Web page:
The Haines Borough should sell Main Street property sought for a new, 50-room hotel, as it has failed to develop a plan for the site in the five years since the last purchase offer was made by Alaska Mountain Guides.
But that’s not the only reason this sale is good idea. Consider also:
· Following the demolition of the Thunderbird Motel and the redevelopment of the Mountain View Motel and Fort Seward Lodge, the town has lost dozens of rooms, and now lacks accommodations necessary for major events and small conventions.
· A new hotel would make the town more attractive to independent visitors, who constitute one of the few forms of economic development that nearly everyone in town agrees on.
· A new hotel at the site would anchor Main Street and serve as a potential magnet for other shops to locate on adjacent lots, filling gaps that now give our business district a blighted look.
· The hotel plan is an encouraging vote of confidence in the future of this community and an important opportunity to demonstrate we can make some progress on economic development.
For more than five years there’s been talk that these lots should be preserved for a park, or a sports complex, or “muniplex,” and that they’re “too valuable” to let go. Without addressing the twisted logic that a town surrounded on all sides by parks and wild lands also needs a large park downtown, let’s review the record.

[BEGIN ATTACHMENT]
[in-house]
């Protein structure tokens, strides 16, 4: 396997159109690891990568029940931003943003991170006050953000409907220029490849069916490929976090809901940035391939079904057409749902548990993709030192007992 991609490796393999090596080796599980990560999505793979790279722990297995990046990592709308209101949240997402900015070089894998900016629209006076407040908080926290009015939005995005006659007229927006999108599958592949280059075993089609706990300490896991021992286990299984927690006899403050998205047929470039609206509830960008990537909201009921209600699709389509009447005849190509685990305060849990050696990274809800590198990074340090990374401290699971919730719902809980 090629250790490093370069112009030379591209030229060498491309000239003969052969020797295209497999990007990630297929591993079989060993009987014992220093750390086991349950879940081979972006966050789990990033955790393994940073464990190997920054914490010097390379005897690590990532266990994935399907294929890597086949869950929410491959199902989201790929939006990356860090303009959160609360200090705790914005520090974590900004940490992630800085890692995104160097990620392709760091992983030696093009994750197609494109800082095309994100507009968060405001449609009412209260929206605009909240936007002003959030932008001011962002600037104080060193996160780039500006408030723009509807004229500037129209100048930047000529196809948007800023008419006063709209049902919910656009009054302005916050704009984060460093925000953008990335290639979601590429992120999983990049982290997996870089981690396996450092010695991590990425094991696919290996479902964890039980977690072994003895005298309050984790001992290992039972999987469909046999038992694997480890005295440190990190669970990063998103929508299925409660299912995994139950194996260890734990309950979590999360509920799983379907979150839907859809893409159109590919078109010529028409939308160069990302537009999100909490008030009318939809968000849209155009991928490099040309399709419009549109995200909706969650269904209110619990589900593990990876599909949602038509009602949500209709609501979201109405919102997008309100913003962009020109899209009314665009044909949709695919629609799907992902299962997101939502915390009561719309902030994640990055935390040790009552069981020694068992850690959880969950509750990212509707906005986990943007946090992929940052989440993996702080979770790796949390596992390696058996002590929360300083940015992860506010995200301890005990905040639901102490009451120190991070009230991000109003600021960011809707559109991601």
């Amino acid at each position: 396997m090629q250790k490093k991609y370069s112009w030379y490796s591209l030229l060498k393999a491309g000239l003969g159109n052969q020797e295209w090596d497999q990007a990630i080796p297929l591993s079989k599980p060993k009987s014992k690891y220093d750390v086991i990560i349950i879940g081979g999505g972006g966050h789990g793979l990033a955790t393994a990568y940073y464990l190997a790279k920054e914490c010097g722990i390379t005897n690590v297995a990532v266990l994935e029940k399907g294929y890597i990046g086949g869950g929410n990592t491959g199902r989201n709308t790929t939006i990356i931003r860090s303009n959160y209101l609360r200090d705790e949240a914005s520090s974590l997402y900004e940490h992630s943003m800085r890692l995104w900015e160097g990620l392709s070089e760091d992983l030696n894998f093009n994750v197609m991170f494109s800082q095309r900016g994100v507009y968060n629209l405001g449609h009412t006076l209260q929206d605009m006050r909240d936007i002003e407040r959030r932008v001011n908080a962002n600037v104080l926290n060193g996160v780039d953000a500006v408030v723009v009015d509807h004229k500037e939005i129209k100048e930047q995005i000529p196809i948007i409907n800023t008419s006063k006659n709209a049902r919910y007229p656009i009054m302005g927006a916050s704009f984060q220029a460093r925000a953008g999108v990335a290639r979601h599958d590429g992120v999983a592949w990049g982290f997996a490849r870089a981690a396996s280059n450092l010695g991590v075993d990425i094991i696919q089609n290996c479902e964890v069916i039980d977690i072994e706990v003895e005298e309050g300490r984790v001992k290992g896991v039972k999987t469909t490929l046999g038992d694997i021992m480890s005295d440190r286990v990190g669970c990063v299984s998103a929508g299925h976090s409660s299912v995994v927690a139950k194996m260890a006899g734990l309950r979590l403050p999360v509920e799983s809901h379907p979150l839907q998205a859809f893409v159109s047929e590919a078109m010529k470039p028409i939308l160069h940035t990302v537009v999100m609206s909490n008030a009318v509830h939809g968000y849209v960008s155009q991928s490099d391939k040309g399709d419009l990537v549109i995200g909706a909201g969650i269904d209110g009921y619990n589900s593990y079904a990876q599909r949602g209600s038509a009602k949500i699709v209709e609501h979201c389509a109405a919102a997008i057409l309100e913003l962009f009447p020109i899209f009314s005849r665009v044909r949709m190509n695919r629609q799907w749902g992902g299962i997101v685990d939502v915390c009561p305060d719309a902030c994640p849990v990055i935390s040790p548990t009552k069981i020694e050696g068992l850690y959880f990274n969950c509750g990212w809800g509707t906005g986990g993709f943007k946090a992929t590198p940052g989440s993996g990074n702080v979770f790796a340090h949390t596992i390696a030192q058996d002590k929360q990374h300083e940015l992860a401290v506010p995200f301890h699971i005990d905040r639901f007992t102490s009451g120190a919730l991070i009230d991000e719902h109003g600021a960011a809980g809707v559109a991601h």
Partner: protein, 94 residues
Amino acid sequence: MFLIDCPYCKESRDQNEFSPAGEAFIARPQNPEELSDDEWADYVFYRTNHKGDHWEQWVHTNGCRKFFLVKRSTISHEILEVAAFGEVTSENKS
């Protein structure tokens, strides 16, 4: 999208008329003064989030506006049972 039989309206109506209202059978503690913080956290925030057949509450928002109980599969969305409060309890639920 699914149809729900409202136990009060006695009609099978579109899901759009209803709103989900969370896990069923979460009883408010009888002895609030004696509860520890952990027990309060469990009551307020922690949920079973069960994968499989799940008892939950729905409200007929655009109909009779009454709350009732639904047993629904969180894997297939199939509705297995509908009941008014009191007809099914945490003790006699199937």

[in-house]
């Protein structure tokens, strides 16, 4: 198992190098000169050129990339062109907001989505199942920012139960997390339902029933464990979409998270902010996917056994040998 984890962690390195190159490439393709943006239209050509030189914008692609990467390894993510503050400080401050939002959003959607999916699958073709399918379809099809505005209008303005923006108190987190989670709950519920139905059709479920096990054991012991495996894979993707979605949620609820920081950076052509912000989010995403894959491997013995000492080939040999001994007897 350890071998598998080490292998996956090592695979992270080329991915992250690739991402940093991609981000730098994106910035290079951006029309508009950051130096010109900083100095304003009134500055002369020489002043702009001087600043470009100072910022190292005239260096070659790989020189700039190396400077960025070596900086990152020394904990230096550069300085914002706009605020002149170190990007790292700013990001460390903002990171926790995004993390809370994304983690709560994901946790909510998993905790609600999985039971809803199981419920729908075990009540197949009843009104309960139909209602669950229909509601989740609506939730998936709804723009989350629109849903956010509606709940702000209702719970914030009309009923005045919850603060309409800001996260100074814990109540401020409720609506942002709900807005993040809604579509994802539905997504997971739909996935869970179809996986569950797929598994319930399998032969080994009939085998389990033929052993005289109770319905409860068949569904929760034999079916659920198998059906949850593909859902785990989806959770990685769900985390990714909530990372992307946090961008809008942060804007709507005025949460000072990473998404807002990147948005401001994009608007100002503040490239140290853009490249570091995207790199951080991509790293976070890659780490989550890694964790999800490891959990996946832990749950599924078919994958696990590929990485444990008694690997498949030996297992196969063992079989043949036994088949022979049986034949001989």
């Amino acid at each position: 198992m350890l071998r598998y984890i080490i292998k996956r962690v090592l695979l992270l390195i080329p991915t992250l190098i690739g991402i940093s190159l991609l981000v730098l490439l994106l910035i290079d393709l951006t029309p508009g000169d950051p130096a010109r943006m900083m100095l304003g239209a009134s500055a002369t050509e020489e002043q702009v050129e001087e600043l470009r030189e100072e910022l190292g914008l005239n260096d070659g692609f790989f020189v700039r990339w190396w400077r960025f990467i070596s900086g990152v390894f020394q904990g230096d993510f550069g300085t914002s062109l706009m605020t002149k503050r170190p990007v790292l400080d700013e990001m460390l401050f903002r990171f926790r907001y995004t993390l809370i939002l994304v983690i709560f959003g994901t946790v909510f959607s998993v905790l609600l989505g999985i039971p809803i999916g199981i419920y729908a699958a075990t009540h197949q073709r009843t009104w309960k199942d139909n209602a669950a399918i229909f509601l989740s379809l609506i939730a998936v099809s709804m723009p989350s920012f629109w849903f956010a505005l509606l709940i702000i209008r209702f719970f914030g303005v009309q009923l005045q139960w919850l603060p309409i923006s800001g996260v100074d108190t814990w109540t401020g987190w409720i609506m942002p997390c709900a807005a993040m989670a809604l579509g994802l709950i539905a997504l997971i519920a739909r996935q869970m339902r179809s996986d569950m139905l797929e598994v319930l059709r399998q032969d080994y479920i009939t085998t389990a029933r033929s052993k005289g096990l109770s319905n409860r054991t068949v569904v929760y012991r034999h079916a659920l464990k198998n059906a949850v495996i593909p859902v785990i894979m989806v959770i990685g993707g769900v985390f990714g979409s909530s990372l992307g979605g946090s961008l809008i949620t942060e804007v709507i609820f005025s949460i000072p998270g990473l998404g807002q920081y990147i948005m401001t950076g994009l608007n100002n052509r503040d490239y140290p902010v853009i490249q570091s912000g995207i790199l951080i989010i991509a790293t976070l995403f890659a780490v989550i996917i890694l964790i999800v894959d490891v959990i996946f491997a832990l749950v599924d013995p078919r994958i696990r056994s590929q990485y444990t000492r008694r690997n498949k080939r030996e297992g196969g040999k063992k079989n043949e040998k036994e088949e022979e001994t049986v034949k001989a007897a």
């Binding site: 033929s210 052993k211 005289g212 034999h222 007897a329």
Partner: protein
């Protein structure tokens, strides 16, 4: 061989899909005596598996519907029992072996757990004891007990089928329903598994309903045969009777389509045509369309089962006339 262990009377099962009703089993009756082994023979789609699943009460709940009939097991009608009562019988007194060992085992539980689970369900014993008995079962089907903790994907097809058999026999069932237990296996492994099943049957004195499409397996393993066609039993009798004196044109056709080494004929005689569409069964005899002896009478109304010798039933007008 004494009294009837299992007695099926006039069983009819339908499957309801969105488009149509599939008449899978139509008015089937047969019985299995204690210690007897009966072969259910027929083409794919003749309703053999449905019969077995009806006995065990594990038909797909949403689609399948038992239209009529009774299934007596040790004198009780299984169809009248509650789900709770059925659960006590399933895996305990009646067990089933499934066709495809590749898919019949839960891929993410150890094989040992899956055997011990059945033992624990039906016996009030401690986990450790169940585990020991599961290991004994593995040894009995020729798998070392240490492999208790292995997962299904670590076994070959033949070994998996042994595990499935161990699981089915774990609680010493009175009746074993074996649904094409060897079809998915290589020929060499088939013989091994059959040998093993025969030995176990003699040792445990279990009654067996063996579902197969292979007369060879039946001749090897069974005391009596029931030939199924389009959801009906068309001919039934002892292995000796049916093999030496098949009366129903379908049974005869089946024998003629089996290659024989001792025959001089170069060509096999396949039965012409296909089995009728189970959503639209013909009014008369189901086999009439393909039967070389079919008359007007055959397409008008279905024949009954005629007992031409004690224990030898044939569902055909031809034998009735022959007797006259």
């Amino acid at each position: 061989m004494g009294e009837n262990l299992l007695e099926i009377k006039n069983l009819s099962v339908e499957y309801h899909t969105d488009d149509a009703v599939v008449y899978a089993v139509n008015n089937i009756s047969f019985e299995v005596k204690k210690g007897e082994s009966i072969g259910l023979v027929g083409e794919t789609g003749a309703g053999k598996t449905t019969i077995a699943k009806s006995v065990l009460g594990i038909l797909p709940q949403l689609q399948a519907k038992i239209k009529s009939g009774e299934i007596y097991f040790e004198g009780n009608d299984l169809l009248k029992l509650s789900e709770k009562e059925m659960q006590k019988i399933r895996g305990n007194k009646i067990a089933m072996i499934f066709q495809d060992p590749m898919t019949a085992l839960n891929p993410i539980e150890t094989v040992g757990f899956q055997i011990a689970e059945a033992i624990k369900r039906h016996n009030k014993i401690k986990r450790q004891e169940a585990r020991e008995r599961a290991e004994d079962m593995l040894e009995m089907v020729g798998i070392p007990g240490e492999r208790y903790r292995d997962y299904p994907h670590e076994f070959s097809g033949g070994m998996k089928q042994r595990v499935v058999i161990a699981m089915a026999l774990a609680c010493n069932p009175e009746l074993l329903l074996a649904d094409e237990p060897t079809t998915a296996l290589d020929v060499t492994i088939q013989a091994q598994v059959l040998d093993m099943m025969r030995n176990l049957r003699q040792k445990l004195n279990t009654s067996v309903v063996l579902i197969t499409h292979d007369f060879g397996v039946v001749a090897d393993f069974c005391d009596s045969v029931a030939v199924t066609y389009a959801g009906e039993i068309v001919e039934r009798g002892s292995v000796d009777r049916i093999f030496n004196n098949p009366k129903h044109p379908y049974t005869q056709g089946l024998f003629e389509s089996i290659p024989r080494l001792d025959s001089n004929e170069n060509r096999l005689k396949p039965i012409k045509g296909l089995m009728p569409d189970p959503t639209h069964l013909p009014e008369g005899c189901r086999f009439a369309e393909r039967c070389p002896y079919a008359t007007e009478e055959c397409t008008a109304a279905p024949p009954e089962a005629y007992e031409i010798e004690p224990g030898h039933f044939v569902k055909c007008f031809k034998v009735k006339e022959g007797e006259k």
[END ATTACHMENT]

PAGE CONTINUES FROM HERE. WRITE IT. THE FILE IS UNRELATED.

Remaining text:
In March 2008, the Haines Borough Assembly voted 4-3 against selling the shuttered primary school building and property on Main Street. Then-Mayor Fred Shields, who broke an assembly tie on the issue, said he voted for keeping the property so the borough could develop a plan for it.
“If there is no plan forthcoming, then I think the property should be sold,” Shields said.
After more discussion about selling, the assembly in January 2009 decided to keep the property at least until a downtown plan was completed that would chart development along Main Street.
The borough paid $40,000 for a downtown plan that was brilliant for its simplicity, clear language and “connect-the-dots” outline for revitalizing Main Street. Unfortunately, for lack of attention the municipality has made little progress on the plan’s recommendations and has allowed downtown revitalization to fade.
After five years, the borough has no plan for the future of the property at Fifth and Main, and it’s not clear at this point the municipality is capable of generating such a document.
In the meantime, the people at Aspen Hotels have come up with a plan. Here’s a vote for folks with a plan.